• While it was initially reported that the US economy grew at a 2.2% annual rate in the first quarter, the Commerce Department has revised that figure down to 1.9%.
Yet, of greatest concern, things may actually be getting even worse.
After adding more than 500,000 jobs in the first two months of this year, the economy has added a mere 289,000 in the past three months, not even enough to keep up with the nation’s growing working-age population, much less lower the unemployment rate.
One of the Federal Reserve's three mandates is to achieve and maintain maximum employment (the others are stable prices and moderate long-term interest rates). Clearly, the Fed is failing to achieve maximum employment. But after all of its rather historic undertakings, the question is, what more can the Fed possibly do?
The central bank has pumped $2.3 trillion into the financial system since 2008, slashed short-term interest rates to near zero, held them there since December 2008, and made the unprecedented promise to keep them that low “at least through late 2014.”
Yet, despite the Fed's best efforts, the economy is sputtering. It seems that monetary policy has finally found its limits. This is the best it can do.
How about fiscal policy?
The federal deficit for fiscal 2008 was a record $459 billion, more than double the previous year’s figure. Then, in the midst of the financial crisis that year, the government tapped a $700 billion Treasury fund to buy toxic mortgage-related securities.
In fiscal 2009, the deficit was $1.4 trillion. That was followed by $1.3 trillion deficits in both 2010 and in 2011. And this fiscal year, the government will run a $1.2 trillion deficit.
All of this spending was intended to keep the economy afloat after the financial collapse and the Great Recession, which began in December 2007.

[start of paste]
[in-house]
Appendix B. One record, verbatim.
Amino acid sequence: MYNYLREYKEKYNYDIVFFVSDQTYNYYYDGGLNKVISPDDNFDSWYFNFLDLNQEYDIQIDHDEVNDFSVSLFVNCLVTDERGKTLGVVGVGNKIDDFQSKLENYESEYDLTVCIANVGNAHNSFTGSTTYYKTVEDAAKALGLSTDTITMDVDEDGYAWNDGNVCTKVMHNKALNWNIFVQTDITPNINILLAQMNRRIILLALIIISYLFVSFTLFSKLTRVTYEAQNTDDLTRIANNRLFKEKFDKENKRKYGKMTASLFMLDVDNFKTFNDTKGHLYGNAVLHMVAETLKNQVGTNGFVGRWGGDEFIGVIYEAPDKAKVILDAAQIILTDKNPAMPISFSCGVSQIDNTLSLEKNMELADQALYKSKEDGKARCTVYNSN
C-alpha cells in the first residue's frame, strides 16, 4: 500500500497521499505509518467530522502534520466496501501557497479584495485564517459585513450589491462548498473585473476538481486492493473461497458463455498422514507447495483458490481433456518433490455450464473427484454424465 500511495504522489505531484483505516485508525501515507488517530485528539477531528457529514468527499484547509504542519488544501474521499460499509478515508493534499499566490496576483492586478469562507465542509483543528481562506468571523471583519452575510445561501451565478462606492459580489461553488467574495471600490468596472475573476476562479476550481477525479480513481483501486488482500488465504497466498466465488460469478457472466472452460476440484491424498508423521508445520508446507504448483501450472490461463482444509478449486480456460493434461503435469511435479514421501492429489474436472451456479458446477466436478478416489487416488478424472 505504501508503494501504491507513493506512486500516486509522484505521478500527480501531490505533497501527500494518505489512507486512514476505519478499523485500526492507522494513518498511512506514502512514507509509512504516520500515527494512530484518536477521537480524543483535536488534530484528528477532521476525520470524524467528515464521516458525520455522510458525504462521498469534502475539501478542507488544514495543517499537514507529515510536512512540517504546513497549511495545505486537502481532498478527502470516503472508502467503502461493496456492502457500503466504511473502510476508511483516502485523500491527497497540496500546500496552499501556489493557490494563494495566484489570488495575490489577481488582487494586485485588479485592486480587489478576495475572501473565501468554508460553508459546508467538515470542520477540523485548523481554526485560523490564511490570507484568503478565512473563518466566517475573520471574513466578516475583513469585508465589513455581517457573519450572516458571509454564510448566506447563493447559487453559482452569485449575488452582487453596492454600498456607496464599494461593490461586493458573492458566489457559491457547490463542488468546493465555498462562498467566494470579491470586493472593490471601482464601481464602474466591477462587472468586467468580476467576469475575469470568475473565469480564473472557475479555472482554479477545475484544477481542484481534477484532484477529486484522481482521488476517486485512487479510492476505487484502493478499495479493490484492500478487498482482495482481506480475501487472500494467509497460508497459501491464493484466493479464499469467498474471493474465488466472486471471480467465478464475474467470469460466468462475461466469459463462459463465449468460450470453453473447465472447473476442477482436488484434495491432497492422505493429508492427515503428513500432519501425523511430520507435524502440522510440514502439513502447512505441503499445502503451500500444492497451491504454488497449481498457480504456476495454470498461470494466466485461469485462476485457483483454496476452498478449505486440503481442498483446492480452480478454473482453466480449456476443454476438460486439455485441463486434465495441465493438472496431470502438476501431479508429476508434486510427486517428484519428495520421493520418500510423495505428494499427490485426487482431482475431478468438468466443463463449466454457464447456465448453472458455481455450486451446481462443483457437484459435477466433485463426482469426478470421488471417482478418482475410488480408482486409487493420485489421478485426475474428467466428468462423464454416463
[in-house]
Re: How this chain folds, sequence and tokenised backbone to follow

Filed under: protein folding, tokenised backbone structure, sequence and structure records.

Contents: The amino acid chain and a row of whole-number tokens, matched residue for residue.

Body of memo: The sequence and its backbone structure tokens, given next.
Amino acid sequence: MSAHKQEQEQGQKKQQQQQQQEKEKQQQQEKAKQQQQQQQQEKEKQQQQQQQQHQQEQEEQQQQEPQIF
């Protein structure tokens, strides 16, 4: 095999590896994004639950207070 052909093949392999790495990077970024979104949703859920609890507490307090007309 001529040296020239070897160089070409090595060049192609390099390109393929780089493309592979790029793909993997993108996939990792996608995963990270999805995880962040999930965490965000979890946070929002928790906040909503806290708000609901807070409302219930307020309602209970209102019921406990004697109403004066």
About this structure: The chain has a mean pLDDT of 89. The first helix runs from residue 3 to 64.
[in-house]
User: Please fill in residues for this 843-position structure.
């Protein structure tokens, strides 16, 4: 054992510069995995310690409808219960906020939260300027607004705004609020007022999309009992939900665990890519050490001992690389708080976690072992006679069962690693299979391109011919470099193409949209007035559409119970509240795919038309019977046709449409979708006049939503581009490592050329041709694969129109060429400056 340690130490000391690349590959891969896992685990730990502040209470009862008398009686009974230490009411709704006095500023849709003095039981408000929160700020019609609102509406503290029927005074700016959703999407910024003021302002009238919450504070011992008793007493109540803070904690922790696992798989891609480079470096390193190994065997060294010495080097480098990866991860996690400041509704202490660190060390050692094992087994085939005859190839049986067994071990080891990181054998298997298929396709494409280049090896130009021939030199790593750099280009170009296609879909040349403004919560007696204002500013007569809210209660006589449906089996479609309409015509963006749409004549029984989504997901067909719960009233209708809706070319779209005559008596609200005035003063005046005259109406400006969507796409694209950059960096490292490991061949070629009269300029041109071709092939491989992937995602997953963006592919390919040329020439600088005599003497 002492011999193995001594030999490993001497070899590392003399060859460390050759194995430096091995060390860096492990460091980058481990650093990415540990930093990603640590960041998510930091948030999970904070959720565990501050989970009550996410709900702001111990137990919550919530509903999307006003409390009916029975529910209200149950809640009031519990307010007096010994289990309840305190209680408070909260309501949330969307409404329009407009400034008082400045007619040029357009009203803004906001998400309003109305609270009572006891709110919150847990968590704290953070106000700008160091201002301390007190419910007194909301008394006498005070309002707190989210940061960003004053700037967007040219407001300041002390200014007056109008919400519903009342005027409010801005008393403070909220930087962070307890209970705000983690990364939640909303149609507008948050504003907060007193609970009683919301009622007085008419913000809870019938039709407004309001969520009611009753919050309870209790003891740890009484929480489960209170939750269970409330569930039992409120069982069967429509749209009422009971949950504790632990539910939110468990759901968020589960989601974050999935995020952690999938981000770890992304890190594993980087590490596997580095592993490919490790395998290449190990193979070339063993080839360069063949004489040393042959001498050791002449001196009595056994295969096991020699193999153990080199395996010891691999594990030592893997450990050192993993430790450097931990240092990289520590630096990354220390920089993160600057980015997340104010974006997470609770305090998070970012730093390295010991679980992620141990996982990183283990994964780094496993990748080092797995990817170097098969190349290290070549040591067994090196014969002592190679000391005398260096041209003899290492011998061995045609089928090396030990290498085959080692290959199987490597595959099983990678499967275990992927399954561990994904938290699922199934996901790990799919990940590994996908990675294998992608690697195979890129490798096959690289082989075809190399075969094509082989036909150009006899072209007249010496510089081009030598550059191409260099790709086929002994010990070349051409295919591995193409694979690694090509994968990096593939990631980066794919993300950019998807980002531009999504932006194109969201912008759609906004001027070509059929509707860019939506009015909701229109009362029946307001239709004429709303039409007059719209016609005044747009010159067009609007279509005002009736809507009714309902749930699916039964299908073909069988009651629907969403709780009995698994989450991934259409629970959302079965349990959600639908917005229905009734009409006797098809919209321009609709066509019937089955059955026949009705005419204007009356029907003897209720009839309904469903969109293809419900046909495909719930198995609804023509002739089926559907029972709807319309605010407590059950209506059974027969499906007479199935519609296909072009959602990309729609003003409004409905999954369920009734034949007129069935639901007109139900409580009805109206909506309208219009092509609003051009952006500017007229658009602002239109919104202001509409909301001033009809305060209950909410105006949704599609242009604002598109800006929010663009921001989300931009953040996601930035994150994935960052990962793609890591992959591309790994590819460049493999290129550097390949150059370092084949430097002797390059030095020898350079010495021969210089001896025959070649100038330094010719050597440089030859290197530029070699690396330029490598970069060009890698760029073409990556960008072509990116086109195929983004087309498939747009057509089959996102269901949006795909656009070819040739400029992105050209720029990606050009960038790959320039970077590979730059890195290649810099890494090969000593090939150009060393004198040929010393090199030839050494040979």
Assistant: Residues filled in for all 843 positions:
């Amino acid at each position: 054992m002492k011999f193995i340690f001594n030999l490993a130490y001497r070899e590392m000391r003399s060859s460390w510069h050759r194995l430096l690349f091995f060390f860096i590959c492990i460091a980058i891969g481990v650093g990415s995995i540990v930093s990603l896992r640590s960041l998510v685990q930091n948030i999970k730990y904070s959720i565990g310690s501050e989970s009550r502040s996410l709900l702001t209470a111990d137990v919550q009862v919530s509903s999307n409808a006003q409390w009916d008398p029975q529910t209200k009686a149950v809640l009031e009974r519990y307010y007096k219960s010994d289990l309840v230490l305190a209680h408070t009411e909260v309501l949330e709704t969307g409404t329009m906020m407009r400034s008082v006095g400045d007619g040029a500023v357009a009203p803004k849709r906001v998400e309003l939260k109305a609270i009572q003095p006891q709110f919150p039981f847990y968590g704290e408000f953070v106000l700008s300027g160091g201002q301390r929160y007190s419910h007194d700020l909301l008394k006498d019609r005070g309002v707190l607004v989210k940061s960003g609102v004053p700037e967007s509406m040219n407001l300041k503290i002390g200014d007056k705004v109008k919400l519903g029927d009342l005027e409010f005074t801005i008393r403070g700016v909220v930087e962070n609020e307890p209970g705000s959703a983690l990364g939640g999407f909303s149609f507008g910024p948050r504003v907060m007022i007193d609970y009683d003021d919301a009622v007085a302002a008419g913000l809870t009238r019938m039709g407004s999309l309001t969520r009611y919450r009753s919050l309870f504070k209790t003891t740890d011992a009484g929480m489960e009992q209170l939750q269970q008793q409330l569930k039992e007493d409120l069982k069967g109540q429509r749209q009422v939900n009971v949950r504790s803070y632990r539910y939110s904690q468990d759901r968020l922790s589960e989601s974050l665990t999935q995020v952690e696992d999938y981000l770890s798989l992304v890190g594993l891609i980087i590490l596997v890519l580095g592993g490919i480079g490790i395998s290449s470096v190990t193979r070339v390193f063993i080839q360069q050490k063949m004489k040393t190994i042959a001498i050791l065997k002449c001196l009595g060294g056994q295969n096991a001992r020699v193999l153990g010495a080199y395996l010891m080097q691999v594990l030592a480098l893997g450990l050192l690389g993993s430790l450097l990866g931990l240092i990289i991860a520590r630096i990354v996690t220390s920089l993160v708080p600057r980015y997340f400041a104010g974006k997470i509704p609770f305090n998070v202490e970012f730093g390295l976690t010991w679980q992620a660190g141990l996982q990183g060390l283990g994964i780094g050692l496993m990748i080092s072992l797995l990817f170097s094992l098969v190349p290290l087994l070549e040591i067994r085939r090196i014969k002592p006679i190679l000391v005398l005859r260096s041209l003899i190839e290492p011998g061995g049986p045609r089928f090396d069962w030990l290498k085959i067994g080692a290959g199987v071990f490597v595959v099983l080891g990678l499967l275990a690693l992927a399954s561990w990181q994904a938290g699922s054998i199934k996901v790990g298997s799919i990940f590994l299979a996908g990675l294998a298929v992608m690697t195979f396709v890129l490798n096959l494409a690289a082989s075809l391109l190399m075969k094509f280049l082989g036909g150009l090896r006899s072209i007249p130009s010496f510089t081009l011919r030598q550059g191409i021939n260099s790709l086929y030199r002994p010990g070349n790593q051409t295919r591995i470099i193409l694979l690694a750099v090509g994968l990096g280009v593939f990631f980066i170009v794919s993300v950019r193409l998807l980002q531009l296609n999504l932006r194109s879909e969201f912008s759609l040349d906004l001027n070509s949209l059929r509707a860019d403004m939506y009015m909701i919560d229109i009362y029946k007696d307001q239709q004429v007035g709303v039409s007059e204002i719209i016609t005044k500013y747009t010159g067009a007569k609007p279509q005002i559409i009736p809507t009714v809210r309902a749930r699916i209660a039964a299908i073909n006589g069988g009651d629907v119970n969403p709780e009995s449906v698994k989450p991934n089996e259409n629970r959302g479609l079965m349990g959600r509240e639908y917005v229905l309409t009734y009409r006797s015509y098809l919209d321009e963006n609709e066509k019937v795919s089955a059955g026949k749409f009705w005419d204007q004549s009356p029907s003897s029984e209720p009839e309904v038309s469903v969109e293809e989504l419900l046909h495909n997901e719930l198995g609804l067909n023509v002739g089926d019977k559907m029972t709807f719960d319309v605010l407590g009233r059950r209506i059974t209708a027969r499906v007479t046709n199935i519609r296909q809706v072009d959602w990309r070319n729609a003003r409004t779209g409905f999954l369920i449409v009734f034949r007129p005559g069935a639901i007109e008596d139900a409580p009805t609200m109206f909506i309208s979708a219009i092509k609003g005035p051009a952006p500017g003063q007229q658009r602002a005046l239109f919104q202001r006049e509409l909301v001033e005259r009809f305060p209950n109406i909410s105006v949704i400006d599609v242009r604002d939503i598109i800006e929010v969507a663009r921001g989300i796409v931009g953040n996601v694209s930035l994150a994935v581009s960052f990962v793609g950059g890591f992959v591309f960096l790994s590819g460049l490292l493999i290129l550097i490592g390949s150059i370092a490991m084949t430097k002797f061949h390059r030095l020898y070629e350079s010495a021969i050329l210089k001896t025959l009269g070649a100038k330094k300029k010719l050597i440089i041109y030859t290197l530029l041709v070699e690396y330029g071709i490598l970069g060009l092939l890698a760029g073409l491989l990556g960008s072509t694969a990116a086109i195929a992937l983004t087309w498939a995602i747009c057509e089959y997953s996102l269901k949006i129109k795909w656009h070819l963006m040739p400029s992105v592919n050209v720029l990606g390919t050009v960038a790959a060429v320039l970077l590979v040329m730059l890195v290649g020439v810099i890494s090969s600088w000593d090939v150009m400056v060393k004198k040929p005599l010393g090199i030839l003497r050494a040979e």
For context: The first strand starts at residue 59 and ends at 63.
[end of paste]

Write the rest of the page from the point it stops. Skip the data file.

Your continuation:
Despite these massive monetary and fiscal interventions, the economy is slowing, stagnating, and perhaps even shrinking.
As Martin Wolf wrote in the Financial Times, "The fact that unprecedented monetary policies and huge fiscal deficits have not induced strong recoveries shows how powerful the forces depressing economies have been."
The U.S. economy and monetary systems are predicated on debt. All money is loaned into existence, making debt inevitable. In essence, money is debt. And without an expansion of debt, the economy cannot grow. Debt (or credit) is the economy's life blood.
However, we seem to have finally found the limits of debt expansion.
Total U.S. household debt reached a whopping $13.8 trillion by 2008. By the end of 2009, total household debt was nine times what it was in 1981 — rising twice as fast as disposable income in the same period. For decades, Americans were spending money they didn't have by taking on ever-increasing amounts of debt.
However, the Great Recession put the brakes on previous levels of debt expansion. Fed data shows that by the end of 2011, household debt was down to $13.2 trillion. Yet, total disposable income was just $10.7 trillion.
Household net worth—the difference between the value of assets and liabilities—was $58.5 trillion at the end of 2011, after having fallen close to 3/4 percent, the first annual decrease since 2008.
Though household net worth has fallen, debt is again rising — albeit more slowly than in the past.